The published timetable resulting from this independent study gives the date of man’s creation as 4026 B.C.E. According to this trustworthy Bible chronology six thousand years from man’s creation will end in 1975, and the seventh period of a thousand years of human history will begin in the fall of 1975 C.E. So six thousand years of man’s existence on earth will soon be up, yes, within this generation. So in not many years within our own generation we are reaching what Jehovah God could view as the seventh day of man’s existence.

    This quotation shows some pragmatic uncertainty: note that last ‘could’, for example. And JWs pointed out that they could not know with absolute certainty because there was doubt about how much time had passed between the creation of Adam and the creation of Eve! However, it would also be true to say that the tone of JWs publications was enthusiastic about 1975 and the messianic key began to be wound up at a quicker and quicker tempo.

    Many schools now have student counselors who encourage one to pursue higher education after high school, to pursue a career with a future in this system of things. Do not be influenced by them. Do not let them ‘brainwash’ you with the Devil’s propaganda to get ahead, to make something of yourself in this world. This world has very little time left! Any ‘future’ this world offers is no future! Wisely, then, let God’s Word influence you in selecting a course that will result in your protection and blessing. Make pioneer service, the full-time ministry, with the possibility of Bethel or missionary service your goal. This is a life that offers an everlasting future! (Watchtower 1969)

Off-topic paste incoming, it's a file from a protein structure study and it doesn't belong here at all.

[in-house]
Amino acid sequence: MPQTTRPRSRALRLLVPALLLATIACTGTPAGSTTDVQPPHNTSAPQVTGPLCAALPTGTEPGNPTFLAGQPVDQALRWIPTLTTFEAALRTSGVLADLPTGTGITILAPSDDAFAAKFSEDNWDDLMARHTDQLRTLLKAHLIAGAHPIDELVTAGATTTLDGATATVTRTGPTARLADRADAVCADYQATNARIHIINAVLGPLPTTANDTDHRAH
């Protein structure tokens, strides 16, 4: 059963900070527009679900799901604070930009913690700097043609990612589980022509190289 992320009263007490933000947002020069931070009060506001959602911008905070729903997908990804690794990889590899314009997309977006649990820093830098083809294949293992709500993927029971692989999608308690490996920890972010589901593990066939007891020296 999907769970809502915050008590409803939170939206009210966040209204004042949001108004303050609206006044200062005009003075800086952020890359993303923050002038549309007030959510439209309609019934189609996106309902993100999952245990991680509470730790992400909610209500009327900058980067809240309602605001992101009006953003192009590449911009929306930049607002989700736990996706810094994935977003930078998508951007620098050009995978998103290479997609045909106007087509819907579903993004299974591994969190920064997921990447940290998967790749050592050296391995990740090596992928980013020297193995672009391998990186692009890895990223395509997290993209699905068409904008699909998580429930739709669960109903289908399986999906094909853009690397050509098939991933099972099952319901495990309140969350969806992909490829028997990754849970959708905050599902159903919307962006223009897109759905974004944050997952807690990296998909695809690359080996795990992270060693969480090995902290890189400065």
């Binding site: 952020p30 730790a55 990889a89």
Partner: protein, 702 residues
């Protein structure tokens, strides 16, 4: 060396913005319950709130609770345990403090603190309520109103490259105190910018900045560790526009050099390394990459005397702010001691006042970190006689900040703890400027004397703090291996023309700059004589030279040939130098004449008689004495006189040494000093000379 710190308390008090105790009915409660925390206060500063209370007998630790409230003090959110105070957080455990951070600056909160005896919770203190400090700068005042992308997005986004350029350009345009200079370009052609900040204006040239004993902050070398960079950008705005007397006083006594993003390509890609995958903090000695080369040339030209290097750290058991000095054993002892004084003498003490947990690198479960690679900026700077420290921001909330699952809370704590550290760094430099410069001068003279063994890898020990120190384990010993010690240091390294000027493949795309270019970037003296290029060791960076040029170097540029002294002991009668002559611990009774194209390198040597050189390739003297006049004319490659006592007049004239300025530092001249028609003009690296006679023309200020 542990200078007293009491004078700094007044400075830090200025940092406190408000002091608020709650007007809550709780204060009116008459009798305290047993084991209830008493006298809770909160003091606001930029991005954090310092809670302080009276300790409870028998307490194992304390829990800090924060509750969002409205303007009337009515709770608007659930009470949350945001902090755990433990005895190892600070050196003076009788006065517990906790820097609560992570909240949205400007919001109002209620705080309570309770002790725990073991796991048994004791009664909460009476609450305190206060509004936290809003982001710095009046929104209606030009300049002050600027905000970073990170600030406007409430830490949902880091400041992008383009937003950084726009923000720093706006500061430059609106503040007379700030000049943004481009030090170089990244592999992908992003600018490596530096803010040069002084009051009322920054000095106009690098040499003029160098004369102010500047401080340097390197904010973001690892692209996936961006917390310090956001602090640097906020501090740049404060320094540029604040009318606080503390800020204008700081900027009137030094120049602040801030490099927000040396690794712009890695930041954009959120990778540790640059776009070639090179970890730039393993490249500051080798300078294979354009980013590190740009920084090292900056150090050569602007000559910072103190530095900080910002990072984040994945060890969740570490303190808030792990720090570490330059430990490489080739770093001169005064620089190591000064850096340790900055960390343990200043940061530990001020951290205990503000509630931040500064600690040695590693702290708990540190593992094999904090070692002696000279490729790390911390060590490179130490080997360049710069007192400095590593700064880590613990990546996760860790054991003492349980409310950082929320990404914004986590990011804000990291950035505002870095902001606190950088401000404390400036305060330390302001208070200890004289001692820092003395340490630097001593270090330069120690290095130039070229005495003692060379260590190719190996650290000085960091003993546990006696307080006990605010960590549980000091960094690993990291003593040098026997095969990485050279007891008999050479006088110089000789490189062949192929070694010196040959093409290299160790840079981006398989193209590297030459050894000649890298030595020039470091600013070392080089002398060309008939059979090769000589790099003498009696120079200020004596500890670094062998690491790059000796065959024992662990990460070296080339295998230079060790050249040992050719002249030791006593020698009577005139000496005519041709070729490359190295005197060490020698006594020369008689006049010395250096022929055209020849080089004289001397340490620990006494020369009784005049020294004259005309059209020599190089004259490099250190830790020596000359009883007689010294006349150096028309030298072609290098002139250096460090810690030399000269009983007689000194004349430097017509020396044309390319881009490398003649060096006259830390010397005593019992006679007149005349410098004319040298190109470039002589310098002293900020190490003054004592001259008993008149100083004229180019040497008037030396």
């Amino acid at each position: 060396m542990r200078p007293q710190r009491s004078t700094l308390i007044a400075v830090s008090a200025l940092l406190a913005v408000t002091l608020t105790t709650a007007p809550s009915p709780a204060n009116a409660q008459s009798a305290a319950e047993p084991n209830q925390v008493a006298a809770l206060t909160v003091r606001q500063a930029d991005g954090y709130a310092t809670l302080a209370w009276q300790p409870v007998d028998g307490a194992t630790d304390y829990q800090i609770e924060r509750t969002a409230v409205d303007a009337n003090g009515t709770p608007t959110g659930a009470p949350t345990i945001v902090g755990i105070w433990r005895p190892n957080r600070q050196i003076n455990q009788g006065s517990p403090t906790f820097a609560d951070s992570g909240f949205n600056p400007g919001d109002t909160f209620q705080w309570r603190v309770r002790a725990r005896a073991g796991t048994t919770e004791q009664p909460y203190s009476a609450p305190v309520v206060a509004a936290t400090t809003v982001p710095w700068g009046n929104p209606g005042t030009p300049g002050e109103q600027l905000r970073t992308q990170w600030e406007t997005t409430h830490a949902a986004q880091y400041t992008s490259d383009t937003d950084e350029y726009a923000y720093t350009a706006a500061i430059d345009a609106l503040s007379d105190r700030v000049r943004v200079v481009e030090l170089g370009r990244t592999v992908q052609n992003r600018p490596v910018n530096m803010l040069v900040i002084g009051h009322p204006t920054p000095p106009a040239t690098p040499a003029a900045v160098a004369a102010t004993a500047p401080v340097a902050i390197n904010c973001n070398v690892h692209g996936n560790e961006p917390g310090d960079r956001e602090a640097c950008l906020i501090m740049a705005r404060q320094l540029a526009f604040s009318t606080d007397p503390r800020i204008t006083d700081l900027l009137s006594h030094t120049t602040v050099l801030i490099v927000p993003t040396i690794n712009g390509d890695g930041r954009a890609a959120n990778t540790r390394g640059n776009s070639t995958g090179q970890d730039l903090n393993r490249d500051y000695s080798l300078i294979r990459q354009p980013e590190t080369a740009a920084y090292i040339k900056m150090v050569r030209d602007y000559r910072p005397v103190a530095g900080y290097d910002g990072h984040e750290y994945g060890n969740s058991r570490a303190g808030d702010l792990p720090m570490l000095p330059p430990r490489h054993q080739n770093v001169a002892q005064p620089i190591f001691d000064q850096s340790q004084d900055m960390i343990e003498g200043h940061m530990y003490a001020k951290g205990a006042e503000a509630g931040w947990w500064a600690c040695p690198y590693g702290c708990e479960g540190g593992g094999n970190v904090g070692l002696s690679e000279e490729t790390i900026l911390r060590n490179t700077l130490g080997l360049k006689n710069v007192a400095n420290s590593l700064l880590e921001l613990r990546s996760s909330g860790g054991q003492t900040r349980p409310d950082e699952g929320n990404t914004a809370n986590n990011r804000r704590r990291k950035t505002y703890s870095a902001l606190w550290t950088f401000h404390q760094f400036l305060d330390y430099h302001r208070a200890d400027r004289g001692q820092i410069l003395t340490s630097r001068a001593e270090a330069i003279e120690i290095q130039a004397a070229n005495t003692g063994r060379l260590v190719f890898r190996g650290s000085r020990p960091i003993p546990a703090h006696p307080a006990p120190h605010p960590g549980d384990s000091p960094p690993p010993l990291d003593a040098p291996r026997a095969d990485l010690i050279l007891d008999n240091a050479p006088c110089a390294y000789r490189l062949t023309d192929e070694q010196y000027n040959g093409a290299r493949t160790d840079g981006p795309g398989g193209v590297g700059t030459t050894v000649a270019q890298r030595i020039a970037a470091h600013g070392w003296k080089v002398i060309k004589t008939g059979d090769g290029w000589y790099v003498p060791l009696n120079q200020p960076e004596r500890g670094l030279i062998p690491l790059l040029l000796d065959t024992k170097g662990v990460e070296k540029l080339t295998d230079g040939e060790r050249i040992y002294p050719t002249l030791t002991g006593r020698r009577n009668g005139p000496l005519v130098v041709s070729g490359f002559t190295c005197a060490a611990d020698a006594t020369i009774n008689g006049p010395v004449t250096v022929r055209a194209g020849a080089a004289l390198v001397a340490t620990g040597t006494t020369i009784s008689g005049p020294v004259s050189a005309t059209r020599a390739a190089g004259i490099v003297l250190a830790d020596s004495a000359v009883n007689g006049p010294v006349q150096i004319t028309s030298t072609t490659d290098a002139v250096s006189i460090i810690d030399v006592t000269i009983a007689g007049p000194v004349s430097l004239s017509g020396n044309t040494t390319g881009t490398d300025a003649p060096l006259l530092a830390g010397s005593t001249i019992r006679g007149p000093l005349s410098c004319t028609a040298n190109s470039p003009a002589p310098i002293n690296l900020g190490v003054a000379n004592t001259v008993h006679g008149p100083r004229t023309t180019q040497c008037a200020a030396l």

Or what about this pearl?

    If you are a young person, you also need to face the fact that you will never grow old in this present system of things. Why not? Because all the evidence in fulfillment of Bible prophecy indicates that this corrupt system is due to end in a few years. Of the generation that observed the beginning of the ‘last days’ in 1914, Jesus foretold: ‘This generation will by no means pass away until all these things occur.’ Matt. 24:34. Therefore, as a young person, you will never fulfill any career that this system offers. If you are in high school and thinking about a college education, it means at least four, perhaps even six or eight more years to graduate into a specialized career. But where will this system of things be by that time? It will be well on the way toward its finish, if not actually gone! (Awake! 1969)

    Consider that if you were 15 in 1969 you will be today 58 and coming towards your pensionable years. But the footsoldiers out in the dismal provinces lapped this stuff up with the slogan ‘stay alive to 75!’ The following is an extraordinary description of a then ten-year-old female Jehovah’s Witness.